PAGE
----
In this case, it’s unfair to Mike Rowe’s brilliant and measured rebuttal to MSNBC’s race-baiting talking head Melissa Harris-Perry’s latest ethics pollution to just quote a brief paragraph or two, so I’m going to quote virtually his entire Facebook post.
Rowe, the man’s man star of the Discovery Channel’s “Dirty Jobs” show and now CNN’s “Somebody’s Gotta Do It” was responding to Melissa Harris-Perry’s dressing down of a guest who referred to new House Speaker Paul Ryan as “hard-working.” This woman’s mission in life seems to be to make it impossible for white people to speak, since she is meticulously eliminating all words and phrases as either racist, homophobic, misogynist or insensitive. (Donald Trump should send her a bonus, for this kind of thing is what is driving his support) In her latest assault, she said this:
“I want us to be super careful when we use the language “hard worker.” I actually keep an image of folks working in cotton fields on my office wall, because it is a reminder about what hard work really looks like. But in the context of relative privilege, when you talk about work-life balance, the moms who don’t have health care aren’t called hard workers. We call them failures. We call them people who are sucking off the system.”
Rowe’s diagnosis of Harris-Perry’s world-view was this:
Melissa Harris-Perry appears to be put off by the suggestion that “hard work” is too often linked with success. She doesn’t like the fact that many hard-working individuals have not enjoyed the same measure of success as Speaker Ryan, who was being acknowledged on her show for his excellent work ethic. ..To me, it sounds as though Melissa is displaying images of slavery or drudgery in her office to remind herself of what hard work really and truly looks like. That’s a bit like hanging images of rape and bondage to better illustrate the true nature of human sexuality. Whatever her logic might be, it’s difficult to respond without first pointing out a few things that most people will find screamingly obvious. So let’s do that.
First of all, slavery is not “hard work;” it’s forced labor. There’s a big difference. Likewise, slaves are not workers; they are by definition, property. They have no freedom, no hope, and no rights. Yes, they work hard, obviously. But there can be no “work ethic” among slaves, because the slave has no choice in the matter.
Workers on the other hand, have free will. They are free to work as hard as they wish. Or not. The choice is theirs. And their decision to work hard, or not, is not a function of compliance or coercion; it’s a reflection of character and ambition. This business of conflating hard work with forced labor not only minimizes the importance of a decent work ethic, it diminishes the unspeakable horror of slavery. Unfortunately, people do this all the time. We routinely describe bosses as “slave-drivers,” and paychecks as “slave’s wages.” Melissa though, has come at it from the other side. She’s suggesting that because certain “hard workers” are not as prosperous as other “hard workers,” – like the people on her office wall – we should all be “super-careful” about overly-praising hard work.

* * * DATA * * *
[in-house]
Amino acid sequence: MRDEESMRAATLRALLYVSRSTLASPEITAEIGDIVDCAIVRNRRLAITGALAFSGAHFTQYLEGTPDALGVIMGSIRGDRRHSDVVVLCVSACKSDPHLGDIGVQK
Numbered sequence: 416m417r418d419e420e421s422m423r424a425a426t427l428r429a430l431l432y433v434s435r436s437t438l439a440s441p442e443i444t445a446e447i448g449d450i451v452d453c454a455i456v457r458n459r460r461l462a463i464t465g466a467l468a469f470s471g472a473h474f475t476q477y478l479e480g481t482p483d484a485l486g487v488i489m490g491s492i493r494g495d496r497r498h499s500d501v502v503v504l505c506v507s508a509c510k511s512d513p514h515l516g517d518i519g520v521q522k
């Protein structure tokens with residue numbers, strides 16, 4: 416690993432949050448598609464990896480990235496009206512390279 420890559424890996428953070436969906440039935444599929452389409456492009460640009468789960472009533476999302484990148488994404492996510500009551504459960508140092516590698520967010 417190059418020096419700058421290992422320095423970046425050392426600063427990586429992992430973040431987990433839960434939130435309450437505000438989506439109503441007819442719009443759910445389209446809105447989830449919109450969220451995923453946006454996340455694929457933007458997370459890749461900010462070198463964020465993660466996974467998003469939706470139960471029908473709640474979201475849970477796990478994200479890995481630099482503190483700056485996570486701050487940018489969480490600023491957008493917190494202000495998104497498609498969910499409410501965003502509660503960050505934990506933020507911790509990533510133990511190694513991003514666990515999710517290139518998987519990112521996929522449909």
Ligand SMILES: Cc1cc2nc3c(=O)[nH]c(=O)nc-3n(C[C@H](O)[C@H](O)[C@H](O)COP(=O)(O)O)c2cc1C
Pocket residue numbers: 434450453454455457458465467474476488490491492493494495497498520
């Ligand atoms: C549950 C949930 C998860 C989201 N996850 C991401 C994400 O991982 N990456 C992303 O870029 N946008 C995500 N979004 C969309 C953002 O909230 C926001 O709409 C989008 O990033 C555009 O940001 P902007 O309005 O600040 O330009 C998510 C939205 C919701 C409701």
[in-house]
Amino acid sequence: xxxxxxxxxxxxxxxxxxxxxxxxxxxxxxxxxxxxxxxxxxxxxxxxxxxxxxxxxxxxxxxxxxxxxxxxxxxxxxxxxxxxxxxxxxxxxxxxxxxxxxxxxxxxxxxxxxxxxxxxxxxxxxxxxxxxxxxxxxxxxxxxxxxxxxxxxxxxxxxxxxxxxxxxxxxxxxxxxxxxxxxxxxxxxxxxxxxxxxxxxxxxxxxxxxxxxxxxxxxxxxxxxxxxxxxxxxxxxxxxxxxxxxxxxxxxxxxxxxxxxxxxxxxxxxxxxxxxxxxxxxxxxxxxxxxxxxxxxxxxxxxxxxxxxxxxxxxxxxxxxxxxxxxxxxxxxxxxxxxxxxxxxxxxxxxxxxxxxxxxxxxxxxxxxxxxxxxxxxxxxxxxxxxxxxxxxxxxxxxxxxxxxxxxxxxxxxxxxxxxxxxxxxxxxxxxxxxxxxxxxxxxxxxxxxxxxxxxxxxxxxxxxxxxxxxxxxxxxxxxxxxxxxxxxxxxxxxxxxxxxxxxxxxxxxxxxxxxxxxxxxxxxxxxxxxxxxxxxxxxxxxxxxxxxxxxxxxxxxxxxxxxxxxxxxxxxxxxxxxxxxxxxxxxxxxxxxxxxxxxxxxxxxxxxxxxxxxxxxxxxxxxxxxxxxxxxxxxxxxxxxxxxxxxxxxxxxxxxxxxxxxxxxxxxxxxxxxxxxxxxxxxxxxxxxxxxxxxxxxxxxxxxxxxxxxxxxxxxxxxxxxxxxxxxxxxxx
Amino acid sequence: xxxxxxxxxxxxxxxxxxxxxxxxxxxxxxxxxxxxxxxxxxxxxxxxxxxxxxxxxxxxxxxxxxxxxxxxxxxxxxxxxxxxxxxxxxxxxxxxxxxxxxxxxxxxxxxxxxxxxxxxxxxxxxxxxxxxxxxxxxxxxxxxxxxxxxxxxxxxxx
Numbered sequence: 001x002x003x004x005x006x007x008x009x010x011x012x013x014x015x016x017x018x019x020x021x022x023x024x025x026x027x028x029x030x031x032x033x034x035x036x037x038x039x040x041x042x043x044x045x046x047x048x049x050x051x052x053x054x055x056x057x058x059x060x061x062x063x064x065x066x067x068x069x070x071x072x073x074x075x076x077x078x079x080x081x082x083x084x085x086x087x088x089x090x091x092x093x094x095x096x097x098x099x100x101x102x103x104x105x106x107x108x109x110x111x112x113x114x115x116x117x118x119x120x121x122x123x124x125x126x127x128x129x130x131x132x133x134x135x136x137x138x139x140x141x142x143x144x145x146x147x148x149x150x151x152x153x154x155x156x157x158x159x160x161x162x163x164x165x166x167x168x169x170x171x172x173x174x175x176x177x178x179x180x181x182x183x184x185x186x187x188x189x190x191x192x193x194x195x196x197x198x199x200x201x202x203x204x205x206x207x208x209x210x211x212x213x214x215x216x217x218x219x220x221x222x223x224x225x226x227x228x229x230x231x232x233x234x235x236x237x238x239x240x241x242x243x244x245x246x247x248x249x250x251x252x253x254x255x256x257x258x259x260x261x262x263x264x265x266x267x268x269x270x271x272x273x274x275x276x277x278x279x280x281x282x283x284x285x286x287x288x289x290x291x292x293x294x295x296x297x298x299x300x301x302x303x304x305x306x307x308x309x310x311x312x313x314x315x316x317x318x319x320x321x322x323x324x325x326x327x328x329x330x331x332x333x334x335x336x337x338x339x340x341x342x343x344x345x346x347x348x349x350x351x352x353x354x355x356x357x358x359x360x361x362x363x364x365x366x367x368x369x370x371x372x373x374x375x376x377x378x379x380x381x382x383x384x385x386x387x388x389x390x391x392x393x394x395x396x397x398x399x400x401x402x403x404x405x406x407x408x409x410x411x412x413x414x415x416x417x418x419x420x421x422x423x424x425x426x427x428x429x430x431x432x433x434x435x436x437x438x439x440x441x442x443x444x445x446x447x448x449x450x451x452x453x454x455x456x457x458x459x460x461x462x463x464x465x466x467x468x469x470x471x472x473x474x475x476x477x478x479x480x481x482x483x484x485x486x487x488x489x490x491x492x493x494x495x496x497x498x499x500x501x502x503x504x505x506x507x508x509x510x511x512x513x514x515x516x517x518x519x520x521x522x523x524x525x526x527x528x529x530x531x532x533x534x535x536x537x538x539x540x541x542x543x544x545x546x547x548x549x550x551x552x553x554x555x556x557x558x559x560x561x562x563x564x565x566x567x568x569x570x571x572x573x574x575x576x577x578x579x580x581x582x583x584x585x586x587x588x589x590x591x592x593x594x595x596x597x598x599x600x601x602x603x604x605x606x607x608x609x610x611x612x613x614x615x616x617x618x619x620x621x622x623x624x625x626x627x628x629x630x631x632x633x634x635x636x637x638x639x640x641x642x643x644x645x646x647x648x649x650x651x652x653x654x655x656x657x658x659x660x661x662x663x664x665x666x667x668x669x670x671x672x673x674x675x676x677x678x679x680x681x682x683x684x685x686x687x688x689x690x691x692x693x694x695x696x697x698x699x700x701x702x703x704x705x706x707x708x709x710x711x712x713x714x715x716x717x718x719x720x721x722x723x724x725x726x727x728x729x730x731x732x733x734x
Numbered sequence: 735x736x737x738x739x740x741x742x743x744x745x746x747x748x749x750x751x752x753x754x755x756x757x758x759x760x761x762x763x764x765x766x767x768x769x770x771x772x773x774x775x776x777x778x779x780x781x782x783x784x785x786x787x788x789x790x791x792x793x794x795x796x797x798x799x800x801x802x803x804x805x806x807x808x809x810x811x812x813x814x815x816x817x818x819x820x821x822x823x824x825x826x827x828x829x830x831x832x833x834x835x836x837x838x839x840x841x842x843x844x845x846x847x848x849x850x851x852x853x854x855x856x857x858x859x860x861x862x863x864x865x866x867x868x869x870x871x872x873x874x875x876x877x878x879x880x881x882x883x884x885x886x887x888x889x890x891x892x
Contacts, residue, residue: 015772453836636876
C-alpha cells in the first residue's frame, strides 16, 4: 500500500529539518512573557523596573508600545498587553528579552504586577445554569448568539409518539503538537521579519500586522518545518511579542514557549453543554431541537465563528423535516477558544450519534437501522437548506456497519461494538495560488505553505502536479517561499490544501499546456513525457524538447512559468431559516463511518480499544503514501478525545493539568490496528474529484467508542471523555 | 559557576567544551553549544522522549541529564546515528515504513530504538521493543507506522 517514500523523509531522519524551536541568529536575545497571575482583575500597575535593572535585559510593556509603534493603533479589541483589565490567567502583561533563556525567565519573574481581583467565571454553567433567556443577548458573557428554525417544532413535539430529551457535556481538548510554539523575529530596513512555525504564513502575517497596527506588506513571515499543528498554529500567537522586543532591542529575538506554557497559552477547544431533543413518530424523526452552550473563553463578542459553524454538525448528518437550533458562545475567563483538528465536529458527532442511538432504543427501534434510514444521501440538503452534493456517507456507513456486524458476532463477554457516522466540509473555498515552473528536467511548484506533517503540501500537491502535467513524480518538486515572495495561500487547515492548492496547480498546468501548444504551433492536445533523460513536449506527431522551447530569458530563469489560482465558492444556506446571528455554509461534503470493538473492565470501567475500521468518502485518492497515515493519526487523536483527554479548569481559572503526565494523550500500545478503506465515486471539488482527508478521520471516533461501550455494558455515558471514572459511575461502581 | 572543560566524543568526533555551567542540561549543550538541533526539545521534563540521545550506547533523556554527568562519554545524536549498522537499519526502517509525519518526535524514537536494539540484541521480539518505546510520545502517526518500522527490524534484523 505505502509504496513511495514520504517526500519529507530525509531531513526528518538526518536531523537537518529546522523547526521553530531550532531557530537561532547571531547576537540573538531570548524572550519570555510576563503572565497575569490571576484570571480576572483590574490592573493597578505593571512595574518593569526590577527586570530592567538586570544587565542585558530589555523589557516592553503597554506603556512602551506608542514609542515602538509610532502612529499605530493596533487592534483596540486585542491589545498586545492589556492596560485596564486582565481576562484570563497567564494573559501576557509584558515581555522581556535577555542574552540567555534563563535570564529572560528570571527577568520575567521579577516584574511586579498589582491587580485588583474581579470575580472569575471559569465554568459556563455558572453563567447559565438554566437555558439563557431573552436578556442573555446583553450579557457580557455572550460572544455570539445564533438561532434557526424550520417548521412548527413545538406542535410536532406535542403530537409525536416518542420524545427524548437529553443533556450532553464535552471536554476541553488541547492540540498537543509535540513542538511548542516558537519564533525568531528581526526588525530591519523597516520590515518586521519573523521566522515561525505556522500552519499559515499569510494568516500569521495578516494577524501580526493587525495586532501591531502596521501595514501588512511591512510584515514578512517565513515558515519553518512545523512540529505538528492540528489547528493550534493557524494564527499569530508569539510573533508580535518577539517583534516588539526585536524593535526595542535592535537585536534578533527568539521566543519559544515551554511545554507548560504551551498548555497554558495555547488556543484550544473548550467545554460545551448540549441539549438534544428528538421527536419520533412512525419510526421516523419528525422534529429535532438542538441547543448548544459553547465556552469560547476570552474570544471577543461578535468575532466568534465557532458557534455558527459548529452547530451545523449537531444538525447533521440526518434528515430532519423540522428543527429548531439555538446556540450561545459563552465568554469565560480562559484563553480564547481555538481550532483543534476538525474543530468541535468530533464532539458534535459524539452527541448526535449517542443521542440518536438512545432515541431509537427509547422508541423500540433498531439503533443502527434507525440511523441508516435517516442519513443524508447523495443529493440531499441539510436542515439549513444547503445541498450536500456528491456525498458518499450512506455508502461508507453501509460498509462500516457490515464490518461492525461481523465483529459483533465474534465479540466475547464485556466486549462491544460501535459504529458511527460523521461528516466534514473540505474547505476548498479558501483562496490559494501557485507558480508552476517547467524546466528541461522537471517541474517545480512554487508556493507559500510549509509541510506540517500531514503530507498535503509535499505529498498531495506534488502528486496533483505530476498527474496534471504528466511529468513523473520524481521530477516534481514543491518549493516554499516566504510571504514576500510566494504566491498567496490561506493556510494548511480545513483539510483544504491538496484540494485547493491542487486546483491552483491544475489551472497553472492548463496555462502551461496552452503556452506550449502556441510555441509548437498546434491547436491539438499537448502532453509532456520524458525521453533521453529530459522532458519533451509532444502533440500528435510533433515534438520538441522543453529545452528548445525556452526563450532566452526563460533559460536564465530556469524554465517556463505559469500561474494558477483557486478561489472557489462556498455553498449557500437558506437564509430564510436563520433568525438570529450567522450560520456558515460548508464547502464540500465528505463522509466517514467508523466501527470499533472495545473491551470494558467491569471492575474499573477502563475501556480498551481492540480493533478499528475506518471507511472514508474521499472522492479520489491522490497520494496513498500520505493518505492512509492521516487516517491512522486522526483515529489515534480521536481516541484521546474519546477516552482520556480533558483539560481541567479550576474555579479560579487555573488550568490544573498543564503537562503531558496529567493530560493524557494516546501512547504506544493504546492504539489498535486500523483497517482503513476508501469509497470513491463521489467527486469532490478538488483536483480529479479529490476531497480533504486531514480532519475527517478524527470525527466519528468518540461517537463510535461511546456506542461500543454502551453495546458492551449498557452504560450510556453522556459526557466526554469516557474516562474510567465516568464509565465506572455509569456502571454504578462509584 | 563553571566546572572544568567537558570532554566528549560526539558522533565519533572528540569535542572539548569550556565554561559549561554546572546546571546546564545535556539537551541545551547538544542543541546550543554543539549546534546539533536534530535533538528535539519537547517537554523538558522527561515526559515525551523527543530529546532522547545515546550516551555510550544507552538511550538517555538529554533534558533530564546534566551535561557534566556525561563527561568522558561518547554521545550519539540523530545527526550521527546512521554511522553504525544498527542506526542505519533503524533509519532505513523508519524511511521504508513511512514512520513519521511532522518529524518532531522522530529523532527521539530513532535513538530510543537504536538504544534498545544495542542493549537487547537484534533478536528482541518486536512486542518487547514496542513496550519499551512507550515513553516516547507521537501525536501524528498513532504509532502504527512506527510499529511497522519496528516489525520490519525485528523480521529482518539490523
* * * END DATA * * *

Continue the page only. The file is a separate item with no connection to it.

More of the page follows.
I suspect this is because Melissa believes – as do many others – that success today is mostly a function of what she calls, “relative privilege.” This is fancy talk for the simple fact that life is unfair, and some people are born with more advantages than others. It’s also a fine way to prepare the unsuspecting viewer for the extraordinary suggestion that slavery is proof-positive that hard work doesn’t pay off.
Obviously, I don’t see the world the same way as Melissa, but we do have something in common. Like her, I keep a picture on my office wall.
That’s me, squatting next to the most disappointing toilet I’ve ever encountered, preparing to clean it out with a garden trowel. I keep it there to remind me of what happens when you need a plumber but can’t find one. It’s also a nice reminder that a good plumber these days has a hell of a lot more job security than the average news anchor. (With respect.)
Talk about some people being born with more advantages than others: I am thoroughly envious of Mike Rowe. I couldn’t do his job (or fix a toilet) in thousand years, but he could obviously do mine. He’s fit, great looking, funny and can write. And he didn’t have typos. Moreover, I learn, he’s an opera singer. Life is so unfair. Why does he get to be Mike Rowe, and I get to be bald, obscure ethicist blogger with a defunct theater company?
As for Harris-Perry, this is one more example of the kind of Bizzaro World thinking that makes me wonder: How did she get this way? How could any college hire her as an an instructor? How could any responsible network allow someone with such a racialized view to host a regular program? What kind of American listens to her far, far left, Marxist, hateful, divisive, angry and irrational opinions and thinks, “Wow! This woman is so perceptive!,” as she seethes with resentment and bias, as shown when she and her like-minded guests mocked Mitt Romney for having a mixed race grand-child. How ill must our nation be that someone like her can acquire enough viewers to allow her to keep her job? And how did they get that way?
Well, a guy who shovels fish guts and fixes toilets just cleaned her clock, and that’s the real America.